[edit. note: On May 11, 2016 Larisa Yurkiw announced her retirement from ski racing due to concerns about her surgically repaired knee.]
Any World Cup podium result is impressive, but for Canadian skier Larisa Yurkiw, two podium finishes so far this season have particular significance given her decision to ski as an independent athlete.
Before Christmas, the 27-year-old downhiller from Owen Sound, Ontario, finished 3rd at Val d’Isère. And she started the new year with a silver medal at Altenmarkt-Zauchensee, just behind Lindsey Vonn. We’re all watching a little closer now.
A chain of events that began prior to the 2010 Vancouver Olympics resulted in Yurkiw deciding in April 2013 to drop Alpine Canada and go it alone.
In December 2009 Yurkiw suffered a knee injury that took two years to recover from, then had to battle her way back onto the World Cup circuit. Following the 2013 season, she received an email that prompted her to write on her website: “With a lack of funding, a constant challenge for amateur sport, the women’s speed team was ceased. After two years of rehab and one year trying to find my race gear, I wondered if maybe this was a sign that it was time to hang up the skis. I’m not great at hanging up my coat when I walk in my house, so hanging up skis was a wild idea.”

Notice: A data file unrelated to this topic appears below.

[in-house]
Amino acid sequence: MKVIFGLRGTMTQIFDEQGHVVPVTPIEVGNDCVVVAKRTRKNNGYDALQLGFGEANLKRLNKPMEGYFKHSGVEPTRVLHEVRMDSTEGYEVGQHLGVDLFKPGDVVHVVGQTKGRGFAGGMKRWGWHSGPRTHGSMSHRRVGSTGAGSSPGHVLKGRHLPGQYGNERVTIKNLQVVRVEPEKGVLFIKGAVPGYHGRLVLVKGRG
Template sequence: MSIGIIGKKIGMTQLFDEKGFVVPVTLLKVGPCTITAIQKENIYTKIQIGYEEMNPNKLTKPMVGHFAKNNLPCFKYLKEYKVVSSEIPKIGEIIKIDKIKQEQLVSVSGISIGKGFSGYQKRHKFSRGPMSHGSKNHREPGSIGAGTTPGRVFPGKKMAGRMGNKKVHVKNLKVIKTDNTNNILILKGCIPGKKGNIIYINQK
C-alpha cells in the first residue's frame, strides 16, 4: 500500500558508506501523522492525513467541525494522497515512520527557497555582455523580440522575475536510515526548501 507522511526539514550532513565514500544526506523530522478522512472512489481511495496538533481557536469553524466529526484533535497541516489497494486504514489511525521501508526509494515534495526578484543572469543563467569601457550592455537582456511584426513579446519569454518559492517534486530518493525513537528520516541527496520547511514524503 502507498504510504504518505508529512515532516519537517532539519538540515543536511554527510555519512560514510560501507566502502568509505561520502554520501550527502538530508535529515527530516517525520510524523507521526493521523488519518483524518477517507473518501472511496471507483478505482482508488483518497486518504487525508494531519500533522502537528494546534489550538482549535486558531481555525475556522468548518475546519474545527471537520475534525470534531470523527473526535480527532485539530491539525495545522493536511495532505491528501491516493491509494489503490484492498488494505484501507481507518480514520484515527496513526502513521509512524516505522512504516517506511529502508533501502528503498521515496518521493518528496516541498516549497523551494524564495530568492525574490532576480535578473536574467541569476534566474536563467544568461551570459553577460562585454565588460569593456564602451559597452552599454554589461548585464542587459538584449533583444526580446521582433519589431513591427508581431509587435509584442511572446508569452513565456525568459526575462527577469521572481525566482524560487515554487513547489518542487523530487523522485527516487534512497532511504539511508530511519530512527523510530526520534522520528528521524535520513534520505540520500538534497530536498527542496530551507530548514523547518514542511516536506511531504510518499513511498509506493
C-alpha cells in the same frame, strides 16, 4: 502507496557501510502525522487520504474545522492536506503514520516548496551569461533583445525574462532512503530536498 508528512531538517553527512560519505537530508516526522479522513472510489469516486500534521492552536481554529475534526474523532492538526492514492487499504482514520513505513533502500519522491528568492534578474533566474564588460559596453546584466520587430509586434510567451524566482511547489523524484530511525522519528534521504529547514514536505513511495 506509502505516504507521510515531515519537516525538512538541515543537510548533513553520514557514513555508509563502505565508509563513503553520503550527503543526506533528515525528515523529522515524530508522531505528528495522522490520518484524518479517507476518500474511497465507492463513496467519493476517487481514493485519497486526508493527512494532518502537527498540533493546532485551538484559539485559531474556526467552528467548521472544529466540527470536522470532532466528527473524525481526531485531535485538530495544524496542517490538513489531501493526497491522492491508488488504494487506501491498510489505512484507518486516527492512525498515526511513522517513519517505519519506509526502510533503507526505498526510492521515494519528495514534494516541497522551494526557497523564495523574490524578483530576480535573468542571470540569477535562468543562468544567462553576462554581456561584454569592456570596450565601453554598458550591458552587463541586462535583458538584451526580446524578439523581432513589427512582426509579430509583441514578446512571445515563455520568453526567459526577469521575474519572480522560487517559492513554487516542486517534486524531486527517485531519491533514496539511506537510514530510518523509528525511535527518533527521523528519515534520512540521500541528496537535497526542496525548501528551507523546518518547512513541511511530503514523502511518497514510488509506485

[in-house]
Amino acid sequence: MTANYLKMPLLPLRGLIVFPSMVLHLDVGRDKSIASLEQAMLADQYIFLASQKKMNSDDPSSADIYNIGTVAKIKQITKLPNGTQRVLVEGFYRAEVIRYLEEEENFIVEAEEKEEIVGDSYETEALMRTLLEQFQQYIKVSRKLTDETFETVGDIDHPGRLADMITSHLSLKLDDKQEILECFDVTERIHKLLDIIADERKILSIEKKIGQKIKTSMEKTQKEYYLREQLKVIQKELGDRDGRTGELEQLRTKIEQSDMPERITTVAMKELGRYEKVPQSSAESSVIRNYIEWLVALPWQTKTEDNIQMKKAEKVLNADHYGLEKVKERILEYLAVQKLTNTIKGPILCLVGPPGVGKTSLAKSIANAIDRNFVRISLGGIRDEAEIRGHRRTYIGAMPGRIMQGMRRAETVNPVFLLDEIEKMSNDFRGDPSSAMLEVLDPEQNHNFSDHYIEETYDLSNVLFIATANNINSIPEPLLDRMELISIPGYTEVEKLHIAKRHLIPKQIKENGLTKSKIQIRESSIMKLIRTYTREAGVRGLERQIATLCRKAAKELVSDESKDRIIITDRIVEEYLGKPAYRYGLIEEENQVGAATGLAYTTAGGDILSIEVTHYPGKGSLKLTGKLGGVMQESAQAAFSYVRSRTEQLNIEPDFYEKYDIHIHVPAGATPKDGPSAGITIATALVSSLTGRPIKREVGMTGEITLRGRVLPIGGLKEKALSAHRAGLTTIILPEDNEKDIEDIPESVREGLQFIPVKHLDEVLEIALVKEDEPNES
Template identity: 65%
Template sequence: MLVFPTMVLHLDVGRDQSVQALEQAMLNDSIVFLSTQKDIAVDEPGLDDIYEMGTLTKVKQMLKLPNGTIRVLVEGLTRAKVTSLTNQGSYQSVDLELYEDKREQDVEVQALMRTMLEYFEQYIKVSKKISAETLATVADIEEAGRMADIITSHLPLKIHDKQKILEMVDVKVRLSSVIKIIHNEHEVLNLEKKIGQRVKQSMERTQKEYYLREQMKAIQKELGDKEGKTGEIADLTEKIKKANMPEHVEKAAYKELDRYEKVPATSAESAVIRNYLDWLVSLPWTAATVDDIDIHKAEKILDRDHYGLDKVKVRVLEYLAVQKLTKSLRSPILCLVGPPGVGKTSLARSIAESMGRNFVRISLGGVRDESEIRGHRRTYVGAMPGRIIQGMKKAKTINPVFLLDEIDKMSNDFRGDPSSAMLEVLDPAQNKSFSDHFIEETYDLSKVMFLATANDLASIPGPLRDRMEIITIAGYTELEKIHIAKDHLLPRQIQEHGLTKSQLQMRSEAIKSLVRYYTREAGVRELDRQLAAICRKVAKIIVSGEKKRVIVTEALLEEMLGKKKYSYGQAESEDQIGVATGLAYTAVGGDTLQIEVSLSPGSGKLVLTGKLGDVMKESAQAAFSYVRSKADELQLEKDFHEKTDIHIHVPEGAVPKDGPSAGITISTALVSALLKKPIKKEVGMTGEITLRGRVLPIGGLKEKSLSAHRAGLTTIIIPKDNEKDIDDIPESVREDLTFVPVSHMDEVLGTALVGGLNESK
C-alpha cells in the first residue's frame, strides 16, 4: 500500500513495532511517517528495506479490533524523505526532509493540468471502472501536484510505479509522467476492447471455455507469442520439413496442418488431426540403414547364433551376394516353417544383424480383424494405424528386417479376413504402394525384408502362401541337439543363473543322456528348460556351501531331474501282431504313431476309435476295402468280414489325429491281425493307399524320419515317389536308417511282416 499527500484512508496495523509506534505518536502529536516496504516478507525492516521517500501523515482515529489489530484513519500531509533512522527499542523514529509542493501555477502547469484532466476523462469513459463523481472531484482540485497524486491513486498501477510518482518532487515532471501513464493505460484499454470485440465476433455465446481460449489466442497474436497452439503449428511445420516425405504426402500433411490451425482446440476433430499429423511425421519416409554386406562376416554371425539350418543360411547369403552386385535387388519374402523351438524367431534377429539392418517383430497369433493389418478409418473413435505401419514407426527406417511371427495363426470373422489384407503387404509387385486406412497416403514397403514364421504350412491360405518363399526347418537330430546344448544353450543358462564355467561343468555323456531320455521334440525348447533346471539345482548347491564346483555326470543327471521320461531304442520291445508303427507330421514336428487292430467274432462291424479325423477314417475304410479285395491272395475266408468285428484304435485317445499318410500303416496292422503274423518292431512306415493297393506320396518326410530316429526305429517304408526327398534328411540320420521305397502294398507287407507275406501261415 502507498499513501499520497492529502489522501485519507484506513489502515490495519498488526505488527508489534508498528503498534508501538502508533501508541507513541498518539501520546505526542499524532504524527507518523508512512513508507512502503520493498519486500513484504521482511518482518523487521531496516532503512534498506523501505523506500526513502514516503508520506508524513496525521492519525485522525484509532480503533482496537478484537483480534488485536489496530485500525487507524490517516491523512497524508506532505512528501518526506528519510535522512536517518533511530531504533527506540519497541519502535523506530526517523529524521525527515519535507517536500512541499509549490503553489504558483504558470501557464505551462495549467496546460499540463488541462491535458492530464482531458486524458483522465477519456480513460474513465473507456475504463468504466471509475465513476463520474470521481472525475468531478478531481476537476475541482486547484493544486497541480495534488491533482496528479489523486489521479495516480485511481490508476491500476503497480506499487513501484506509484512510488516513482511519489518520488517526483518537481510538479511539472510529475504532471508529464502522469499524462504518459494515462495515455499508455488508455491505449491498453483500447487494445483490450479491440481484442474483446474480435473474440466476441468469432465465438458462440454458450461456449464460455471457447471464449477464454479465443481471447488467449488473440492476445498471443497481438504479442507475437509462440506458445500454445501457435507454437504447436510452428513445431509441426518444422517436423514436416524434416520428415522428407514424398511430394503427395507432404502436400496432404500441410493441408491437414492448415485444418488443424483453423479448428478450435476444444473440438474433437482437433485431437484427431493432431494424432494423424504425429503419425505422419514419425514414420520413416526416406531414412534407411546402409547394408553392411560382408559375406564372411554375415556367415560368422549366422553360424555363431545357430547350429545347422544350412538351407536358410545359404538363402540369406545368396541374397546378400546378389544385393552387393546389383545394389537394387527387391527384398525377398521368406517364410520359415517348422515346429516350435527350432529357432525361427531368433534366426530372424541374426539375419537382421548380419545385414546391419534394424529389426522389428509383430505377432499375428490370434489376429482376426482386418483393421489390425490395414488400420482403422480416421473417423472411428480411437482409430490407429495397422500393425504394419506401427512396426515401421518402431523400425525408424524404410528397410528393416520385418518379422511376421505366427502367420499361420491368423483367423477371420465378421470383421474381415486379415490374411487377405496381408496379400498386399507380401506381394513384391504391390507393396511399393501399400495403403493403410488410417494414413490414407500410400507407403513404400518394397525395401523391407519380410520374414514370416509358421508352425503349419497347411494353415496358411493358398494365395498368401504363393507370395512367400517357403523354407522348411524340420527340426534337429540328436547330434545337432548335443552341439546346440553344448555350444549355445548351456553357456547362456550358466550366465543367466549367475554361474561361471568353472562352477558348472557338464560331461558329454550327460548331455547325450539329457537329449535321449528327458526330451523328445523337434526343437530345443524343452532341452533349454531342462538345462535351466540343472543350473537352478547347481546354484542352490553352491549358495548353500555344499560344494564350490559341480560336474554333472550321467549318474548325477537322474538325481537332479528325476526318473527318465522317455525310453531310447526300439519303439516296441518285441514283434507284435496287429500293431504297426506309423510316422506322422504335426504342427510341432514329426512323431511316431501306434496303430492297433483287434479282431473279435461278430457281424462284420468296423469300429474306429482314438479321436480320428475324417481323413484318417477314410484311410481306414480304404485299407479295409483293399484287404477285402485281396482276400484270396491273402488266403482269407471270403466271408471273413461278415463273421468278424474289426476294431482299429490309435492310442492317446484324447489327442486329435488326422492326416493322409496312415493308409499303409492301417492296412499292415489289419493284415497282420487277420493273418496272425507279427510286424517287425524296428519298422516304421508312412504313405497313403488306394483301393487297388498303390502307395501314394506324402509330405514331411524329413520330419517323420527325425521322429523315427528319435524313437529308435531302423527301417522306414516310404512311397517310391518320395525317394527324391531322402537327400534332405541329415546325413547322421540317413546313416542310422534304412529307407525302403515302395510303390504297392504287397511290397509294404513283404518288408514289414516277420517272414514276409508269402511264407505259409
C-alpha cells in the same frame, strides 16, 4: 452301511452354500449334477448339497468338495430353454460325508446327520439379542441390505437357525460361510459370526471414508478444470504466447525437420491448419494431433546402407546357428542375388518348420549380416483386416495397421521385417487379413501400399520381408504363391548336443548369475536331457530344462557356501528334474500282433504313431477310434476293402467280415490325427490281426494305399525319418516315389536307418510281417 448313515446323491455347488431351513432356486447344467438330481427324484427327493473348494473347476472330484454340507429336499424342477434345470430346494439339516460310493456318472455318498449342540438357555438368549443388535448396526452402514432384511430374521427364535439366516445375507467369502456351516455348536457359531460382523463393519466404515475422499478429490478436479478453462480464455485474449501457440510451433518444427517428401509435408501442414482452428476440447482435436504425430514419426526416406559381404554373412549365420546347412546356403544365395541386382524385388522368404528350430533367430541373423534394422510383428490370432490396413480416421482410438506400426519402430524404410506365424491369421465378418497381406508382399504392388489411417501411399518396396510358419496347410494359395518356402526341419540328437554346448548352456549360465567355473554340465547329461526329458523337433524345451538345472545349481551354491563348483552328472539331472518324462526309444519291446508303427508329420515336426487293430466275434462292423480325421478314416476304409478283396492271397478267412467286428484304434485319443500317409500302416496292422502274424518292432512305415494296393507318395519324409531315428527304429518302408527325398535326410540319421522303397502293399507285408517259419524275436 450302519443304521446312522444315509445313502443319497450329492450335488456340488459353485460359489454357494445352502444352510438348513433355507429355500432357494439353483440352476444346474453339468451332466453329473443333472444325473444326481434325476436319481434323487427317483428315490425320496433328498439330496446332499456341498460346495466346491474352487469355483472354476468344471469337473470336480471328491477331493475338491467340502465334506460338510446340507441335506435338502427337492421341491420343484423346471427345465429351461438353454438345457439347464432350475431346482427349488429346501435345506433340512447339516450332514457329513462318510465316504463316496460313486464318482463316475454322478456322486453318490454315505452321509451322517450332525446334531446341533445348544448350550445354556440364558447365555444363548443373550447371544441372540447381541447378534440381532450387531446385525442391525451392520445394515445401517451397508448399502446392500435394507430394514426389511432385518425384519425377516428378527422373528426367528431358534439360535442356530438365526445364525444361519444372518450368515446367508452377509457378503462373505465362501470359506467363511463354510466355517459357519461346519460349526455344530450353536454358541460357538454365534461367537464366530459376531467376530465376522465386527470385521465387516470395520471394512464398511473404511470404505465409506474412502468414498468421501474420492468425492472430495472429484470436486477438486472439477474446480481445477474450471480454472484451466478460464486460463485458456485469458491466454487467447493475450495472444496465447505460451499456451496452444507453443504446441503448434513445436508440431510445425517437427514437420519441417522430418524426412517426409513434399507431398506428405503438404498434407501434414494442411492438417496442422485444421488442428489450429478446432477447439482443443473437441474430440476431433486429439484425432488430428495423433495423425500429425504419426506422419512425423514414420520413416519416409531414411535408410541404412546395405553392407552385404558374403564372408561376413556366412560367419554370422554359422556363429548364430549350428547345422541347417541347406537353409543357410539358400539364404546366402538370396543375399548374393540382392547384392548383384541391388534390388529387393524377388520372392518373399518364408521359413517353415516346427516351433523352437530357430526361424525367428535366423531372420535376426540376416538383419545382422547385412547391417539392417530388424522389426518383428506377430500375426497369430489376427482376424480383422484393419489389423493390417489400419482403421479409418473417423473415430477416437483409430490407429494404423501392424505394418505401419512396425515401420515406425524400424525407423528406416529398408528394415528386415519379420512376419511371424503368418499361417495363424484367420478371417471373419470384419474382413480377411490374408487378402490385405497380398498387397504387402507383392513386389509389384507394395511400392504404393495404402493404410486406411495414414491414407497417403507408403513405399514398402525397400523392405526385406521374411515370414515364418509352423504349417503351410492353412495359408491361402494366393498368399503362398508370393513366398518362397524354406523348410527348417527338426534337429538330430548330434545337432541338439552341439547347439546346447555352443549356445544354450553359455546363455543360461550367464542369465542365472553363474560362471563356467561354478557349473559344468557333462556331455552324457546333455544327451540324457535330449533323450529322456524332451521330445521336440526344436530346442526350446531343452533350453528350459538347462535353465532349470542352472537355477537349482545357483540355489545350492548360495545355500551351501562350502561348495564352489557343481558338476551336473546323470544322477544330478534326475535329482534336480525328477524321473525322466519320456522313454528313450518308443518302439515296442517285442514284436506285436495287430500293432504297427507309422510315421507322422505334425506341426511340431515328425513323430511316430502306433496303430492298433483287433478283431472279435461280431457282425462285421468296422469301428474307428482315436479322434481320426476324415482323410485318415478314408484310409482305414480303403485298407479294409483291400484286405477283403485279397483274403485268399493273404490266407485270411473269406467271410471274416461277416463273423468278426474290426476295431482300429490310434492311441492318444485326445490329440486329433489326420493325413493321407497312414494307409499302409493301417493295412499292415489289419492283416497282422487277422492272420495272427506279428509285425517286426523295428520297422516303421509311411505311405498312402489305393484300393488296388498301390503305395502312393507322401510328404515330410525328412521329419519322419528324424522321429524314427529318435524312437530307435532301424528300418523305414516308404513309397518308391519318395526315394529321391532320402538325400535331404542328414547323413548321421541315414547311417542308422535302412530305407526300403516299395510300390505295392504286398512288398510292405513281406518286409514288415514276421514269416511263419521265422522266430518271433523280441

Unwilling to walk away from her dream, Yurkiw instead formed Team Larisa. She hired a coach and raised enough money to train as an independent. She qualified for the 2014 Sochi Games, finishing 20th, then earned her first World Cup podium with a 2nd at Cortina d’Ampezzo in January 2015. Yurkiw estimates it costs an average of $250,000 a year to compete on the World Cup.
A self-described “introvert at heart,” Yurkiw said the experience of running her own program has been rewarding on and off the snow. “I’m happy to say that I think the desperation in the beginning was the oomph I needed to launch Team Larisa. I’m grateful because today I have a huge network and my skill set is growing daily. My results are a direct reflection of the positive environment I work in, and the supportive and patient sponsors I have on board. It’s been the most important and amazing experience of my life.”